View Single Post
Old November 5th, 2012, 01:30 PM   #4 (permalink)
Senior Member
Stuntman's Avatar
Join Date: Nov 2010
Location: Vancouver, Canada
Posts: 3,012
Device(s): Samsung Galaxy S3, HTC Desire Z, Asus Eee Pad Transformer with Keyboard Dock, Nokia N97
Carrier: Bell

Thanks: 209
Thanked 572 Times in 450 Posts

Originally Posted by Sebbb View Post
- Fragmentation / stability : a common Android problem (or not ?). When I browse the forums and I see the incredible amount of phone models, I find it scary ! How do the apps can be working on so many devices, with so many processors, screen sizes, memory, etc. ? With iOS you have 2 / 3 models, but on the other hand I know that if I download an app, it will work. I tested Android on a crappy 99$ tablet, and the few apps I tried crashed everytime. Is it because of the apps, or the tablet ? Also on the Play Store there are many user feedbacks reporting crashes. These crashes may happen on some devices, and don't on other... How can the developers make 100% working apps ?
There are certain guidelines for developers to follow when making an app. It is a developer's responsibility to follow those guidelines to ensure an app works across multiple devices.

The issues you had on the crappy tablet is probably due more to the fact that the tablet is crappy than anything else. What device is this exactly?

There is no way to make an app work 100% on any platform whether it is iOS or Android. For the more popular devices, apps will likely have fewer issues than on less popular devices.

With regard to the comments on the Play Store, it is not possible to know why some people are having issues. I have used apps that have no issues even though some people with the same device complain about issues.

If there are issues, the Play Store will publish a way to send feedback to the developer. Sending info to the developer will enable them to identify any issues and get an update out to fix it. I have seen apps with issues and after some time, they issue a fix.

- Apps optimization : on iOS many apps are optimized for retina displays. On Android, with so many screen sizes and resolutions, are the apps optimized in terms of resolution (for instance, with the Nexus 4) ? Retina games for instance are really great to play and look at.
There are guidelines for developers when making apps of different resolutions and different screen sizes. It is not just the resolution that matters. Size matters as a 5" screen and 10" screen with the same resolution need to be handled differently to ensure objects (such as text) are displayed appropriately for each device. Some refuse to support certain screen configurations. My banking app does not support landscape orientation. I sent a message to the developer and they simply told me to use the mobile web site instead if I want landscape. I guess for my bank, the mobile web site is an option that they choose to direct me to.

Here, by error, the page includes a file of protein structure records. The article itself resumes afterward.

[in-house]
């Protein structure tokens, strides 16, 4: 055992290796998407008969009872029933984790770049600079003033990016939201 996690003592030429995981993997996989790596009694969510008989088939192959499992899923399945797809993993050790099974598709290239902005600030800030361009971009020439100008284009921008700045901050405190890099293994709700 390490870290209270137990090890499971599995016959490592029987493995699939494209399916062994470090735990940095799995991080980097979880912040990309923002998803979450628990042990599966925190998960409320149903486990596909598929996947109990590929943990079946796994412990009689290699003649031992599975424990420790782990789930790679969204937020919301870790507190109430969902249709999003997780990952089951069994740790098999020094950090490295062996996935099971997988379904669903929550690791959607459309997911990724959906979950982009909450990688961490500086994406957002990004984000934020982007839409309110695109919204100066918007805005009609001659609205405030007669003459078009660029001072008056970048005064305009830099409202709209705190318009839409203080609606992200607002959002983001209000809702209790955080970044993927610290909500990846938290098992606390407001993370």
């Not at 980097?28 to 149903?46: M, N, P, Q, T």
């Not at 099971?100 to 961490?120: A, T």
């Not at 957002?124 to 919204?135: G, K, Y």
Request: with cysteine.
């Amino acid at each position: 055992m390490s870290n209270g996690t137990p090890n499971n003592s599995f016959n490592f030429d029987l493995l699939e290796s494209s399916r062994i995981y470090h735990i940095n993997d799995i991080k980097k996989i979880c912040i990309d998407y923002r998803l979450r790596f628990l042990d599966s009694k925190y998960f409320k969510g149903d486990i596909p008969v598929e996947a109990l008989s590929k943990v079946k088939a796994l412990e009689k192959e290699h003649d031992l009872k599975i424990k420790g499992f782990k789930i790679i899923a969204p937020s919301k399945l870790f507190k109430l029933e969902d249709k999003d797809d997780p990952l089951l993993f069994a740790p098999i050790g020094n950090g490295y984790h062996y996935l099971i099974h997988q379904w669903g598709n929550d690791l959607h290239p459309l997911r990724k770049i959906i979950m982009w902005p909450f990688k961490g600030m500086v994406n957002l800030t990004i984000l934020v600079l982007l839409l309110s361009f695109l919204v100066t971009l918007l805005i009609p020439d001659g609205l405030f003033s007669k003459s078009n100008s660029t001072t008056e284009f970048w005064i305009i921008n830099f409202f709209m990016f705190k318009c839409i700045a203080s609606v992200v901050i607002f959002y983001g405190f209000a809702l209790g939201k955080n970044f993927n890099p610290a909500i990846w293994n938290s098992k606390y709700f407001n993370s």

- Security : I read on some forums that there were anti-virus / anti-spyware apps on Android. Coming from iOS it is very puzzling to consider that I may have to install such a software on a phone (and what about the performances with a resident anti-virus running in the background ?).
I will direct you to this article with regard to security on Android: Malware on Android: is it really the problem security companies tout it to be?

Android is designed with security in mind. You have to agree to install an app before it installs. Apps are also protected to prevent them from affecting other apps or installing other stuff on your phone. No OS is going to be 100% malware free. Even on iOS, some people have managed to get apps that do stuff that it is not supposed to do. For the most part, you should be safe as long as you install apps from official sources like the Google Play store.

- Updates : with iOS there are frequent updates for all devices. Will it be the same with a Nexus ?
I think iOS has one major release a year with some smaller releases to fix bugs and add some features. It will be the same with Nexus devices. With non-Nexus devices or devices tied to a carrier, they will get updates as well. Usually, it takes longer for non-Nexus, carrier-tied devices because the carrier needs to approve the update as well as the device manufacturer. This will result in these devices getting updates later. Some non-Nexus phones will only get updates after a period of time after which will not receive any more or will not receive the latest OS version. Also, older devices may not have hardware that can adequately support the latest OS version with any manufacturer skin and carrier branded apps. They may still recieve updates to fix issues, though.

If you really have to get the latest OS version as soon as possible, you should consider Nexus devices. They will get the latest OS versions before non-Nexus devices.

I am going to say that unless there is a feature that you really need, a phone running on an older OS version is still going to be fine. I'm on an SGS3 that is still on ICS (Android 4.0). As nice as it would be for me to get JB (Android 4.1/4.2), there isn't anything I am really in a rush to get. There really isn't anything I find on my phone that I'm unhappy about. My phone may not have the latest and greatest, but it is still pretty awesome.
Stuntman is online now  
Reply With Quote
The Following User Says Thank You to Stuntman For This Useful Post:
lunatic59 (November 5th, 2012)